Call Sign Assignments

Some of the World War II Canadian naval ships that recommissioned in the post war period had their call sign changed for some unknown reason. Yet others retained their original call sign assigned during World War II until they were scrapped after serving for over twenty years. Some fomer RN ships retained their British call signs when they were in service with the RCN.

Some of the call signs of ships that were lost during the war were reassigned as soon as possible. The CGBN and CYRF call signs are two examples. When HMCS Ypres was lost her CGBN call sign was reassigned to HMC ML094. The CGBN call sign has been the call sign of the heavy icebreaker Louis S. St. Laurent since she entered service in 1967. When HMCS Charlottetown was lost her CYRF call sign was reassigned to HMCS Swansea. Swansea was assigned the CYRF call sign until she paid off last on October 14th, 1966.

Pendant vs Pennant

Sometimes there is confusion between the words "Pendant" and  "Pennant". This extract  from Chapter Six of a forthcoming book by David J Freeman, "RCN Ship Badges & Insignia, 1910 to 1946" should set the record straight. [used with permission of the author.]

"The term pendant - pronounced pennant – is simply a tapering flag, just like a pennant.   In the world of naval communications, however, there were differences. The RN signal system contained not only alphabetical and special flags, but also “numeral flags” , "pennants" and “numbered pendants.”  The latter were a series of tapered pennants: ten were numbers (0 to 9) and 12 others had special meanings. These were the flags flown by a warship to indicate her assigned number. Early in 1914, just before the start of the First World War, British destroyers were ordered to paint their pendant numbers on their hulls.  Prior to this, these signal pendants were hard to see through the smoke and spray.  The word ‘pendant’ followed the numbers down to the ship’s side."

Don Wagner, CTRC USN (Ret'd) explains the difference between flags and pennants. "Flags are nearly square or rectangular while a pennant is tapered to a point ( i.e. Emergency Pennant or command pennants). Sometimes, the very tip of the point is chopped off square (i.e. Corpen pennant). Merchant ships do not use number flags like those carried aboard Allied naval ships (0 - 9). Naval vessels carry both numeral "flags and pennants" so they are able to communicated with merchantmen. The numeral flags have no resemblance to numeral pennants  (colors and patterns are completely different).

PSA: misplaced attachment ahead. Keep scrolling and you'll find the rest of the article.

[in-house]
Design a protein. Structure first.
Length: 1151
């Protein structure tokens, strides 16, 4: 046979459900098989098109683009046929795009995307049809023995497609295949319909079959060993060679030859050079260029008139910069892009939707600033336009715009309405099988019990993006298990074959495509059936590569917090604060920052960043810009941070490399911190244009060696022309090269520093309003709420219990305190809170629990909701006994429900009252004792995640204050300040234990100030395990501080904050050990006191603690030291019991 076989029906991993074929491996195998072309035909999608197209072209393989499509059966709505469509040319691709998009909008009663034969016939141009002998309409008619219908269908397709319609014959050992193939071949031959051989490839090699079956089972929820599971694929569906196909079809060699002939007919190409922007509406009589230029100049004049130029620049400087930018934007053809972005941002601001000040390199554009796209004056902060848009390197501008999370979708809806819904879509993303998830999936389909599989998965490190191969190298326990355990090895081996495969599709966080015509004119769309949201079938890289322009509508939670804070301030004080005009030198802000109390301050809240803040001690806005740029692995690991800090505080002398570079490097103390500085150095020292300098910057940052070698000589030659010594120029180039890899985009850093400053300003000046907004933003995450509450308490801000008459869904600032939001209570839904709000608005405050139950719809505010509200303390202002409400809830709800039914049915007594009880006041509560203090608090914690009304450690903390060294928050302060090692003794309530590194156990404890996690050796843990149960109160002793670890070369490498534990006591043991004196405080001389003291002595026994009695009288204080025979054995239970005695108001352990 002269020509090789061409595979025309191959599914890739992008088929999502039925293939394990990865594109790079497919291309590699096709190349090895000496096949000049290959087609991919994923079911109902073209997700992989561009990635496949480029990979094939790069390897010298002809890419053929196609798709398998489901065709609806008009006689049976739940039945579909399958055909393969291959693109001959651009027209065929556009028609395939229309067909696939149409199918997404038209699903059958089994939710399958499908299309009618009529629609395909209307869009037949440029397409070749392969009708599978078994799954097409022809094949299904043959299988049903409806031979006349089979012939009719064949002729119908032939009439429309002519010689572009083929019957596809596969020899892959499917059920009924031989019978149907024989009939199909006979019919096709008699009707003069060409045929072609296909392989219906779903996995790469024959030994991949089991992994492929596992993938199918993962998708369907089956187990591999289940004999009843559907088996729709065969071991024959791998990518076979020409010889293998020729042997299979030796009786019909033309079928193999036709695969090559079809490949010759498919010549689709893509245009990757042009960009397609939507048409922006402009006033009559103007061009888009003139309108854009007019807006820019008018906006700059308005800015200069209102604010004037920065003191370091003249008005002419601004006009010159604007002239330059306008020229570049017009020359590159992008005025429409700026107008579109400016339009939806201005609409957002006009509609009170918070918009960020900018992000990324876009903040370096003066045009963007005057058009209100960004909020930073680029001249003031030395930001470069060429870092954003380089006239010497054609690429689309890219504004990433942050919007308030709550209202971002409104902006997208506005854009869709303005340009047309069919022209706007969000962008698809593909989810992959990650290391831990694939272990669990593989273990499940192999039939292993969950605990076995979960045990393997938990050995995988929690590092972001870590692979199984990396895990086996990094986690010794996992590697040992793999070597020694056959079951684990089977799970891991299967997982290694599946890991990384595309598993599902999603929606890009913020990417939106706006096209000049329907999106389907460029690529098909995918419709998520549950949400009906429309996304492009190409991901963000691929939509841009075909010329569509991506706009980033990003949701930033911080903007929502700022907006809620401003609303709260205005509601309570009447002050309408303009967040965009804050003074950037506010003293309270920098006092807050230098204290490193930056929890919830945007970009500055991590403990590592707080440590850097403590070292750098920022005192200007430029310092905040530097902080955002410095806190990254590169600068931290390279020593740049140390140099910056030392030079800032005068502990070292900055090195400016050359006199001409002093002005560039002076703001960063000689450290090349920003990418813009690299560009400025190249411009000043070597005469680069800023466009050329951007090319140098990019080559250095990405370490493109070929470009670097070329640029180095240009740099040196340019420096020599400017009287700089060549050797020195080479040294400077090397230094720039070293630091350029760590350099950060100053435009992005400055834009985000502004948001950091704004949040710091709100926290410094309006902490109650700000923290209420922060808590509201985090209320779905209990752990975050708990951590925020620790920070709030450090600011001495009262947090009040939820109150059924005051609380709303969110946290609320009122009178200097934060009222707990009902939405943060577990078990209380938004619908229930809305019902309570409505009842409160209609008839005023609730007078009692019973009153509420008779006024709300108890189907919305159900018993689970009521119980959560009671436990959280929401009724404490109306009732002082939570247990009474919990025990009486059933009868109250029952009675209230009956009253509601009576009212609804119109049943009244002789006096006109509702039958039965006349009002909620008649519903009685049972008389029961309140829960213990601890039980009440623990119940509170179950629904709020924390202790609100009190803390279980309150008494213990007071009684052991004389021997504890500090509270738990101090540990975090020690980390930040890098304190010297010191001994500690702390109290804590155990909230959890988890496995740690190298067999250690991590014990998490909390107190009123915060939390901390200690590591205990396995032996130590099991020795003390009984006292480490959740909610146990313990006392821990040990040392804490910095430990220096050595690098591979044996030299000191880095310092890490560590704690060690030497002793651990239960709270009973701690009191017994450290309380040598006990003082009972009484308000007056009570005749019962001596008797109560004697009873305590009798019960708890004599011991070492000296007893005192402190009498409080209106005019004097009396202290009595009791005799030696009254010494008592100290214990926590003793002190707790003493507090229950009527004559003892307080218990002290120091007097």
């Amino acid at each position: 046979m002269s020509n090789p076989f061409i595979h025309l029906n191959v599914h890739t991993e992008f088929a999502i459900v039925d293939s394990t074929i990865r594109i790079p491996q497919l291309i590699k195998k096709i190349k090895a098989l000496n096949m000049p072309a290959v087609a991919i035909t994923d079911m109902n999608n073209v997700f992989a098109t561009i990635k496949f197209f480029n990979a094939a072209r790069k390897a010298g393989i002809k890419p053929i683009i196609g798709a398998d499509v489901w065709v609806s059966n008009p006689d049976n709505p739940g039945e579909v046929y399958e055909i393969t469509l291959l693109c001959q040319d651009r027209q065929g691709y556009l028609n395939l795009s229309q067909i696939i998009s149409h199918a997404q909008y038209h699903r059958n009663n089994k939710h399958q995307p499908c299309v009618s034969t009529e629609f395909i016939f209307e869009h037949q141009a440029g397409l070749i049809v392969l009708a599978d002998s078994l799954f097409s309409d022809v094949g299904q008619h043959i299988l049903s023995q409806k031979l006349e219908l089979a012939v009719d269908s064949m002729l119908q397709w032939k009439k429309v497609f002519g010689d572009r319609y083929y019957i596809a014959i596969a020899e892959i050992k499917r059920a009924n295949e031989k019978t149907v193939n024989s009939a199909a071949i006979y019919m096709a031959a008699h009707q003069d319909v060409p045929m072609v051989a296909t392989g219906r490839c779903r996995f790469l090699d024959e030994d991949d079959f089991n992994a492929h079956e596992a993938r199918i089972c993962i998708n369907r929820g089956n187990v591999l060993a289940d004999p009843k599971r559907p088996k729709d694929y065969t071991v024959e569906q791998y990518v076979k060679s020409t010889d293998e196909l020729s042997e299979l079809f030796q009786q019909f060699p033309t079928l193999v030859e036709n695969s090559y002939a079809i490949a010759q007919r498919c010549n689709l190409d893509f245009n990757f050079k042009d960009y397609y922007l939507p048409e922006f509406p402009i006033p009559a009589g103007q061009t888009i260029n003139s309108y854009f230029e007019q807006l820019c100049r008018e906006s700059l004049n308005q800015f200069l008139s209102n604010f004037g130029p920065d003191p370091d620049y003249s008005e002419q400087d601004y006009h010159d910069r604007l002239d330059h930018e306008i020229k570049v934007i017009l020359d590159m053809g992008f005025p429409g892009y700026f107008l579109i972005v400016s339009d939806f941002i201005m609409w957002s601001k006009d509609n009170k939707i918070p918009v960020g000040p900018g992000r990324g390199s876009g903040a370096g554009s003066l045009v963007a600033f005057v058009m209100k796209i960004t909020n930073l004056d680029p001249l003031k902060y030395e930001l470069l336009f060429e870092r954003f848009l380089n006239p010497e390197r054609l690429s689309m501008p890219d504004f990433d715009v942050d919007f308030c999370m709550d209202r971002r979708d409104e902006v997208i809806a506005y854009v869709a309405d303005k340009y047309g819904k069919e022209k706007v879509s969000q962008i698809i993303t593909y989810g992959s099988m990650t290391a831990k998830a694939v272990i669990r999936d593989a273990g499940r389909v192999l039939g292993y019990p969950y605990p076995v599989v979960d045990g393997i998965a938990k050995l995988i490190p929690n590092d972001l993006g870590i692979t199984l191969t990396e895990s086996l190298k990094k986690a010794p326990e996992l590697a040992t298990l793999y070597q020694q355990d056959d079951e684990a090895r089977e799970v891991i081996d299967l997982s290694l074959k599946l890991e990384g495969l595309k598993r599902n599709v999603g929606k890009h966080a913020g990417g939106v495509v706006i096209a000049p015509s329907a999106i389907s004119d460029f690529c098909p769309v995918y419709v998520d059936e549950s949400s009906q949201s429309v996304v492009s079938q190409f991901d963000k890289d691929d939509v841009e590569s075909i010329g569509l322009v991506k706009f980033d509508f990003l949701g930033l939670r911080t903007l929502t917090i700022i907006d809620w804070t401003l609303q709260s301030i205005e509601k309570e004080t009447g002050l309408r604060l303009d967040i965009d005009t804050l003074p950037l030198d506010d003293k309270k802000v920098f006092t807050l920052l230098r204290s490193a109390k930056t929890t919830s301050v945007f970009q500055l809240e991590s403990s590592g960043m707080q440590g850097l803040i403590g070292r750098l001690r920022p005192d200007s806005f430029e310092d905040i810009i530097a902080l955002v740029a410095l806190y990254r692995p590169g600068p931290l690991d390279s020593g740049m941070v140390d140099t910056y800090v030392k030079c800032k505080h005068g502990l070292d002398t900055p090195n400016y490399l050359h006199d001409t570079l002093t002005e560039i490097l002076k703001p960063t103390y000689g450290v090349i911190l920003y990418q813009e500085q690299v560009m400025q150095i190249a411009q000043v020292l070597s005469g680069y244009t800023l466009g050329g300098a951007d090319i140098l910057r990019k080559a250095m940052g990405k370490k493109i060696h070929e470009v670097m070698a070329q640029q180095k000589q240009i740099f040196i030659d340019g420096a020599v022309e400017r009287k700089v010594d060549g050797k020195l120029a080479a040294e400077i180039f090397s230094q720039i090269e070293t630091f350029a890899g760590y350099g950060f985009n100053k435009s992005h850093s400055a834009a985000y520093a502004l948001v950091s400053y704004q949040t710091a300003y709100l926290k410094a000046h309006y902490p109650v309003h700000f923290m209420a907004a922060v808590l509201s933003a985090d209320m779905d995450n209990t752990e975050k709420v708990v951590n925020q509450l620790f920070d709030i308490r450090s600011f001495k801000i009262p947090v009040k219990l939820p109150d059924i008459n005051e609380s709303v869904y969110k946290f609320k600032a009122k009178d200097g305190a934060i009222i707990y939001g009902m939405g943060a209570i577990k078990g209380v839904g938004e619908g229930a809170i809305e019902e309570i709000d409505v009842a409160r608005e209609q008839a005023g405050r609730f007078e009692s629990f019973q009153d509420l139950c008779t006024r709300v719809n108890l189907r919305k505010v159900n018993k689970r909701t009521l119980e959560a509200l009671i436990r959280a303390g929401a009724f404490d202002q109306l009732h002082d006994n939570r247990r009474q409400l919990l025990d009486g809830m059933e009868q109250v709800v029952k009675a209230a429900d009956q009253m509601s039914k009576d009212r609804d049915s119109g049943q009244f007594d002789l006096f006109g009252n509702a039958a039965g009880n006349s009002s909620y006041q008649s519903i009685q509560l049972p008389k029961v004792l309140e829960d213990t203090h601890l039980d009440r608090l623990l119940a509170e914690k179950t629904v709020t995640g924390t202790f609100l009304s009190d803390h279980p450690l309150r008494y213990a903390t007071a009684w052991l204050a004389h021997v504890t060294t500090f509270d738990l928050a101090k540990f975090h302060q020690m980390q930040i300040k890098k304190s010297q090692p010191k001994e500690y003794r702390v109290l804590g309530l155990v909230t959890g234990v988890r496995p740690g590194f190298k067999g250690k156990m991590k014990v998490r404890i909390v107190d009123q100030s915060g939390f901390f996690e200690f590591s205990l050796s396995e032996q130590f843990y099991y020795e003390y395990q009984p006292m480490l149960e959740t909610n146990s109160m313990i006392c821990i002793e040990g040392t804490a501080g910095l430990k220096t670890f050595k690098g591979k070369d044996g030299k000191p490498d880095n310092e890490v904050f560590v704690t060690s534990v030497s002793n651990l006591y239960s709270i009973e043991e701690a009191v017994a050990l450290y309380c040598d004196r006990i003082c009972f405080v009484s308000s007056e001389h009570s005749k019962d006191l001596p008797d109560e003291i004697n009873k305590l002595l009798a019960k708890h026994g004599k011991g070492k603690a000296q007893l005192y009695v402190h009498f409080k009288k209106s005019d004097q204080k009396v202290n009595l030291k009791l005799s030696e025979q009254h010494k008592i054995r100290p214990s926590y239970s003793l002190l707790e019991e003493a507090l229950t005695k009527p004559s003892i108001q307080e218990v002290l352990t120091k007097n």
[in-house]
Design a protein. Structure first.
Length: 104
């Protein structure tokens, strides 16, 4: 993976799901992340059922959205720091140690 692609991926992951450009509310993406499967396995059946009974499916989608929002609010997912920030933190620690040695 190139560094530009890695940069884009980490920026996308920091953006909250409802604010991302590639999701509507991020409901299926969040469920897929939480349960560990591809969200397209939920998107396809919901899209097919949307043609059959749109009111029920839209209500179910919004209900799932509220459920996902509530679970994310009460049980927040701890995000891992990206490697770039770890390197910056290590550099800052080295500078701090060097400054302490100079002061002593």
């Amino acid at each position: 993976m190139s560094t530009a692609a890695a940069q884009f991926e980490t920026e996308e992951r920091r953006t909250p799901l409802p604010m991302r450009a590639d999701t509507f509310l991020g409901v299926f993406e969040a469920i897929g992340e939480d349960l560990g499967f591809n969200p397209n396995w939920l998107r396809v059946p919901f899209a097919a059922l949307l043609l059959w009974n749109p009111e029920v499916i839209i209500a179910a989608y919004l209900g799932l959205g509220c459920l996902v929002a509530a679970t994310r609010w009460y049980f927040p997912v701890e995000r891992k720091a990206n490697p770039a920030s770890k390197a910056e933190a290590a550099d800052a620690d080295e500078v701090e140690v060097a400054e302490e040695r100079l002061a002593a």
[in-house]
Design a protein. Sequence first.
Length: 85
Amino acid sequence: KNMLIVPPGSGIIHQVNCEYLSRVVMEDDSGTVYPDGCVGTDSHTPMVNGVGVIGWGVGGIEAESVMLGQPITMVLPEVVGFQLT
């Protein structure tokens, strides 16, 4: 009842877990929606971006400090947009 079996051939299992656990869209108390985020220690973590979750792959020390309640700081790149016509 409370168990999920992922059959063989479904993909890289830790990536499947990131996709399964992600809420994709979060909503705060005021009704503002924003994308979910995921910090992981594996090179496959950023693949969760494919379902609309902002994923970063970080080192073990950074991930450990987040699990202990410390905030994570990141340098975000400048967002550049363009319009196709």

In the convoys of WWII where only merchantmen were communicating with each other, the visual signals used for communication came from Hydrographic Office publications and in this case it would be HO-87. Where it was strictly Allied naval operations (where no civilian merchantmen were involved) visual and radiotelephone signals came from the Allied Tactical Publications (ATPs). If I remember the number correctly, ACP-175 which I think was carried in radio offices as well as on the  signal bridges of vessels".

Common Acronyms

ACP - Allied Communications Publication(s)
ANSB - Allied Naval Signal Book
ATP - Allied Tactical Publication(s)
JANAP - Joint Army Navy Air Force Publication(s)

Other Call Signs

There were other call signs that were used by many ships. These were known as the NATO Basic Call Signs and were always encoded whenever they were used. This made it more difficult for the Russians to determine out who was in the fleet during the Cold War. Encoding was necessary whenever there were major NATO exercises as the Allied fleet was constantly shadowed by Russian ELINT (Electronic Intelligence Gathering) ships disguised as fishing trawlers. Call signs for HMC ships were published in JANAP 119. Today this publication is known as ACP 176.

The Halifax Class Patrol Frigates were initially assigned calls in the format CHAx, however, this had to be changed to a CGAx format when it was discovered that there were duplications in call signs.

Examination Vessels

During WWII,  all major Canadian harbours had a vessel stationed in the harbour entrance. Their purpose was to board each and every ship that approached the harbour entrance and verify credentials.

The following vessels (with their call signs) officially bore the title of an "Examination Vessel" :

CGSR          FRENCH

These were small vessels rounded up at the outbreak of the war specifically for this purpose. Several were from the Marine Section of the Royal Canadian Mounted Police.

Bxxx Callsigns